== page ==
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There were many events around the state to acknowledge the fact that addiction and mental health treatment can restore those with the disorders to a healthy life.

There is still a stigma for those with these diagnoses, which makes it hard for families to get help. For example, the Calvert Alliance Against Substance Abuse recently partnered with other county agencies to present a prescription drug abuse community forum. This event was well attended. Comcast was filming the event. One mother stated her unhappiness that the people speaking who have experienced this illness would be recorded. The stigma — we would not think this way for those diagnosed with diabetes.

The feeling of some of those at the community forum seemed to be that this is a hopeless situation, there is no help locally and treatment does not work.

It is imperative our community learn three things about addiction and mental health diagnoses: One, it is treatable. Two, it is a medical problem (not caused by poor morals). Three, there is help available locally.

Treatment? A mystery to most people. Using the diabetes example, those with this medical illness are not treated the same — not the same medication, not the same diet, some outpatient, some inpatient; it is a disease for life, must be managed for life, and some people with diabetes relapse. Not all medical practitioners treating diabetes are equal. The same is true with addiction and with mental illness. Treatment must be research-based, it must be individualized, some patients will not recover unless there is medication, some can see a doctor once or twice a month and others need inpatient or more frequent outpatient treatment.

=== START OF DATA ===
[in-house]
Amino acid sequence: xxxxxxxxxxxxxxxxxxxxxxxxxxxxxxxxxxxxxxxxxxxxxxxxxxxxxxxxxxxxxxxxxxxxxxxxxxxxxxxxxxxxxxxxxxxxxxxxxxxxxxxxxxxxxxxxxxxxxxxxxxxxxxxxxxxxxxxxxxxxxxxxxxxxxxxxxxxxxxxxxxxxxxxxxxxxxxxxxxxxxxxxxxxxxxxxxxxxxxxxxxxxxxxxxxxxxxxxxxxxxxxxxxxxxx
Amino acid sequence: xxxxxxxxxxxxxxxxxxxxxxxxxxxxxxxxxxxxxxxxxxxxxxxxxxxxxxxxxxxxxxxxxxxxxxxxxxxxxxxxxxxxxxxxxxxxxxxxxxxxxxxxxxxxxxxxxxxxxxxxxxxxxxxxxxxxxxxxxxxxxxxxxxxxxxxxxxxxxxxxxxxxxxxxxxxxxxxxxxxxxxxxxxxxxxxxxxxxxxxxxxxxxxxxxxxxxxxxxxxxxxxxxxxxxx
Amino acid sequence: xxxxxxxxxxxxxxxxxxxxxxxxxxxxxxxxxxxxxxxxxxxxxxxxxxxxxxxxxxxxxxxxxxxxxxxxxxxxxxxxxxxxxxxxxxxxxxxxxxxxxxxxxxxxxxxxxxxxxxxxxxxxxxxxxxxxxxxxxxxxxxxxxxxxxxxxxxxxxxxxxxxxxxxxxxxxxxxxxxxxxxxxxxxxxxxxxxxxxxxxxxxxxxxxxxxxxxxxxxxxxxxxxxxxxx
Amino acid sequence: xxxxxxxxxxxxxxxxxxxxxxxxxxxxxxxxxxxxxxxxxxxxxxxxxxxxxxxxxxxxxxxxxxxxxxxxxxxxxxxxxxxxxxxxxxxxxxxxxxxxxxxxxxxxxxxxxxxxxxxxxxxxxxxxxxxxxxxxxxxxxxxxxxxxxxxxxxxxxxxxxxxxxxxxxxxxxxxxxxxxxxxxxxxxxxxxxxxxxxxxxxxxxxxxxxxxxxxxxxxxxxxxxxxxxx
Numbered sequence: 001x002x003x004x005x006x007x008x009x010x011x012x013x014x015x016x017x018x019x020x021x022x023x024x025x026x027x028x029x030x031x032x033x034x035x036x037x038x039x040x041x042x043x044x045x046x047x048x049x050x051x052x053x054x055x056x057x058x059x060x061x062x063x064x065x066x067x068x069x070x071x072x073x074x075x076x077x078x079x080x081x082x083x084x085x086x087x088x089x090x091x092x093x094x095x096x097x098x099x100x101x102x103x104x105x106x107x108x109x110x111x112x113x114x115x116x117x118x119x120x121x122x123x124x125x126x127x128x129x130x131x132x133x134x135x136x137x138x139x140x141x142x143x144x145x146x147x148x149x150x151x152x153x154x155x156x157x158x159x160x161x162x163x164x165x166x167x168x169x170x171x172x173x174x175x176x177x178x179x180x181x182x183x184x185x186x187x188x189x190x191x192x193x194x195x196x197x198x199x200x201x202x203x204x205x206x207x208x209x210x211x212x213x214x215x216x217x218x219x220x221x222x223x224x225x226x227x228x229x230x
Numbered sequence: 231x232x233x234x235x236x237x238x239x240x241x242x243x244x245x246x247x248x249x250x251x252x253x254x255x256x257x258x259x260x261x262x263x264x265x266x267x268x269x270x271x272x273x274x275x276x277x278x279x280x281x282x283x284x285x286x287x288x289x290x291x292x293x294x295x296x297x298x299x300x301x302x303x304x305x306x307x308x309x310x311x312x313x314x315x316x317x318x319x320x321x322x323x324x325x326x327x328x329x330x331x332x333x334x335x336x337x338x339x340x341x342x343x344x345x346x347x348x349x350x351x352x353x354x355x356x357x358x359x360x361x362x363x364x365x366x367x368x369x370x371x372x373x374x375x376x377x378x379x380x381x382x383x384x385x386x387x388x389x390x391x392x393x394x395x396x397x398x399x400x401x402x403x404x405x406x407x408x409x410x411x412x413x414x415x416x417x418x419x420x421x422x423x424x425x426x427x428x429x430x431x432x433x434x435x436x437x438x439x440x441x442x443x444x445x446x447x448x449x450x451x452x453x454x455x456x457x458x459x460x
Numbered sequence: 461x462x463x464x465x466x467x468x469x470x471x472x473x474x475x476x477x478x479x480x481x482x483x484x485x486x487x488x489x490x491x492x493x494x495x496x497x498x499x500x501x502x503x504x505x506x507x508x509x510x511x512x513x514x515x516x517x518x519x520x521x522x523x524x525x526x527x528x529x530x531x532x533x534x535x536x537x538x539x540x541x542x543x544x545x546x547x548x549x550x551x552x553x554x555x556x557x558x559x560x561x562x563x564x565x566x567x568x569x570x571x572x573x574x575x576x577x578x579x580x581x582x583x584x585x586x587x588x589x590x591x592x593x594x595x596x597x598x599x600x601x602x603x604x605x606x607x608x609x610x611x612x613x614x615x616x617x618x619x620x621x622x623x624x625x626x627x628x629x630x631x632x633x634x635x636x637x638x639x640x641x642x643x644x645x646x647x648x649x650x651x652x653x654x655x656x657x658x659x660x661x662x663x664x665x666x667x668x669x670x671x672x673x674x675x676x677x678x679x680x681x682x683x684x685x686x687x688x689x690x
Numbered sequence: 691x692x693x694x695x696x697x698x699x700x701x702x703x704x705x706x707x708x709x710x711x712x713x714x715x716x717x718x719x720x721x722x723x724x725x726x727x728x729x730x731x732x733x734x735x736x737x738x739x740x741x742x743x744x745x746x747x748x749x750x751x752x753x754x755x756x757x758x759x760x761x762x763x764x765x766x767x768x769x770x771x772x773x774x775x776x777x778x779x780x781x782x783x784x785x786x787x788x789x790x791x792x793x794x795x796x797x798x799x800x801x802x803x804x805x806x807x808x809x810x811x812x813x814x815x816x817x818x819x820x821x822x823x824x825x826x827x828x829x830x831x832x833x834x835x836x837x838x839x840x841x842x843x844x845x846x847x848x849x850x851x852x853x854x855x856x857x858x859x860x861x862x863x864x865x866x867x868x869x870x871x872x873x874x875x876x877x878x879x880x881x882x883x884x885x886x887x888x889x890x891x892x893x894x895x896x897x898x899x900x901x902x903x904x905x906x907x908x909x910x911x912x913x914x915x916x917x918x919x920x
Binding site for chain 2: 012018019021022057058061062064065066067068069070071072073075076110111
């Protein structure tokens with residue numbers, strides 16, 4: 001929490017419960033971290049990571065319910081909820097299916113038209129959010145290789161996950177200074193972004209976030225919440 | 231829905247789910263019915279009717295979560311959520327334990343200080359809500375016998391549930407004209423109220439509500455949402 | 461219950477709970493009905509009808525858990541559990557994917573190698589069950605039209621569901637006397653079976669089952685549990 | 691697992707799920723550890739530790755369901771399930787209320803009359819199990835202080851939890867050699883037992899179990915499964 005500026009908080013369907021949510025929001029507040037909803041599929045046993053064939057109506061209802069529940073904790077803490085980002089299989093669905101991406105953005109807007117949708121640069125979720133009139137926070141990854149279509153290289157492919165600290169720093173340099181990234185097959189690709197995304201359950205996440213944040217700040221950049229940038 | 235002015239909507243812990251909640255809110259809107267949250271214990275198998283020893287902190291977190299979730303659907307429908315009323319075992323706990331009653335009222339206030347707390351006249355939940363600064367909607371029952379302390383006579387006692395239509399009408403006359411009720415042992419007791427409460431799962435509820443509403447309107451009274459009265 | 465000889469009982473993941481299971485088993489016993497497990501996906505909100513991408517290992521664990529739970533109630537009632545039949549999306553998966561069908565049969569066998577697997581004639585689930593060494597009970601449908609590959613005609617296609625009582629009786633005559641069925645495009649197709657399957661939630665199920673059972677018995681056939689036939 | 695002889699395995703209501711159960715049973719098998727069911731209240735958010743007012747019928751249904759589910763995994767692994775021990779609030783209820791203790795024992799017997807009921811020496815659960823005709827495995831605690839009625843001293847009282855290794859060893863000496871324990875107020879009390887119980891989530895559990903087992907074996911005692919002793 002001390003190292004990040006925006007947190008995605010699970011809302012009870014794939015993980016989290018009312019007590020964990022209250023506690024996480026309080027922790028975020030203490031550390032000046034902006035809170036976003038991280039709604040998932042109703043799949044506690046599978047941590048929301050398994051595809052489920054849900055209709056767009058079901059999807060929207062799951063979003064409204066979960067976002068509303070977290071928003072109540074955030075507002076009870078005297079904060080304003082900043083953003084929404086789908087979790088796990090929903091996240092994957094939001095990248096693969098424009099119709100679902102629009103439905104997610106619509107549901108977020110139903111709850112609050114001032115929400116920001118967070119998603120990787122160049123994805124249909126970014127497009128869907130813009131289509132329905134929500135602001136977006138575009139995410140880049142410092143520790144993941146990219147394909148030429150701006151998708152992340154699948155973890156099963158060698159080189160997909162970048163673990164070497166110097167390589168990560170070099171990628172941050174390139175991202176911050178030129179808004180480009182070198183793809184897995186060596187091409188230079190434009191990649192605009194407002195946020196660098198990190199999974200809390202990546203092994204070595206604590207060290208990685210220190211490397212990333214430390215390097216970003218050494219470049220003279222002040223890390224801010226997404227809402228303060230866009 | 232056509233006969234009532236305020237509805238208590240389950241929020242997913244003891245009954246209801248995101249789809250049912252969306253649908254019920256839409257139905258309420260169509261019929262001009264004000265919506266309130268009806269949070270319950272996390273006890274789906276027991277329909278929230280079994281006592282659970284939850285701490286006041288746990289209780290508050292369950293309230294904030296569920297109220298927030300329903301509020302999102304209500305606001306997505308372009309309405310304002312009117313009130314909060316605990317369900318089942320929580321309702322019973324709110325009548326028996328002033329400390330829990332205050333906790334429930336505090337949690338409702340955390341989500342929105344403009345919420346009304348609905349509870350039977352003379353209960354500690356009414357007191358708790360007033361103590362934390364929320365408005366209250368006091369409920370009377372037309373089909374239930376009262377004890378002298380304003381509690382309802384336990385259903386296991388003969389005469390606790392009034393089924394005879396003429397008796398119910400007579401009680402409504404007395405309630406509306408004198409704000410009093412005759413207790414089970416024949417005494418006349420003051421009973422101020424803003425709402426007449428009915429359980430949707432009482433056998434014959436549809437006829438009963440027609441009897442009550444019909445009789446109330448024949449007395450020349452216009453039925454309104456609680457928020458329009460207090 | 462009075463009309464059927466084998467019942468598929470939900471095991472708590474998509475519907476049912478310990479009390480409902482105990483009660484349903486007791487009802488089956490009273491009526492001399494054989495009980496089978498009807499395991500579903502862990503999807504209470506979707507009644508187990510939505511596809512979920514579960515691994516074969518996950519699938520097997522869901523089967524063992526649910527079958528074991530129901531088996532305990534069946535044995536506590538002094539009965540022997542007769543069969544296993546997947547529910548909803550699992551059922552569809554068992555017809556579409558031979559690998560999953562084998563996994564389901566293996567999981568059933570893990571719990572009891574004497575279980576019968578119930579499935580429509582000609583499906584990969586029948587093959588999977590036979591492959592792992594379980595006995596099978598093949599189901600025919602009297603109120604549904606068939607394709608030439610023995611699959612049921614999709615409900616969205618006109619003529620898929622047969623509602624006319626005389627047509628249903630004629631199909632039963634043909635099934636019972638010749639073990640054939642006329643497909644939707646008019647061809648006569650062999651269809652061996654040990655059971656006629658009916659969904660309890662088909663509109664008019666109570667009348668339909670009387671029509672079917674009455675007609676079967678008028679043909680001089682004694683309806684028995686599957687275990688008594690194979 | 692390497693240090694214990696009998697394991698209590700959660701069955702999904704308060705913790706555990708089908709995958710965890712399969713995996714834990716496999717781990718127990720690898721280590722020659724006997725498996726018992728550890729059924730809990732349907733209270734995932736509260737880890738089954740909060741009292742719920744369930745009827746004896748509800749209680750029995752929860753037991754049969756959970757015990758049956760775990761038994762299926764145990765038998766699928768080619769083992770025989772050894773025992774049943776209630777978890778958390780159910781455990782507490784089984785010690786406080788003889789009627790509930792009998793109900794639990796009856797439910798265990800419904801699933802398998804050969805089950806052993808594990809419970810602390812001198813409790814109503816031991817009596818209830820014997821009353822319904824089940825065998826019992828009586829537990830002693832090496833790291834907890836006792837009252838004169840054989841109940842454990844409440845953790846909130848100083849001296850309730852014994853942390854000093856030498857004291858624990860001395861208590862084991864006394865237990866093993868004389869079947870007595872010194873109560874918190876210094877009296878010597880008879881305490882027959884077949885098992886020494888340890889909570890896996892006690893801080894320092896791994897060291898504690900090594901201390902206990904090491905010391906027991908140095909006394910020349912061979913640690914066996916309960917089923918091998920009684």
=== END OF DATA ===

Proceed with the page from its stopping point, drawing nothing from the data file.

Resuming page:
The message we often hear from the community is that treatment does not work. They tell us of how many times their loved one has been in treatment only to fail. Treatment does work. If it did not work for their family member, it was not the right treatment for their specific diagnosis, the treatment provider was not a match for the patientís need or the patient did not remain in continuing care to learn how to manage their illness.

A medical problem? Yes, addiction and mental illness are brain diseases. The personís brain chemicals are not like those of people without the disorder. These brain chemicals drive the personís symptoms. It is not that the person is bad; they are ill.

If the person has become addicted to prescription medication, such as pain pills or anxiety pills, research has shown detox does not work. It does nothing to change the brain chemistry and there is a high relapse rate. In the case of both types of drugs, a medication must replace the one being abused, but it must be done carefully and by professionals specifically trained for this treatment.

Local treatment: The state is moving toward merging the health departmentís separated programs for addictions and mental health. Many addictions professionals are also mental health professionals. For now, the contact for mental health is Calvert County Health Department at 410-535-5400. For addictive illness, call Calvert County Health Department, Substance Abuse Services, at 410-535-3079, or call me at 410-535-8930.

This is an appeal for our community to see hope rather than hopelessness. Call addictions and mental health professionals in the county for help.

Carol M. Porto, Prince Frederick

The writer is the director of the Carol M. Porto Treatment Center.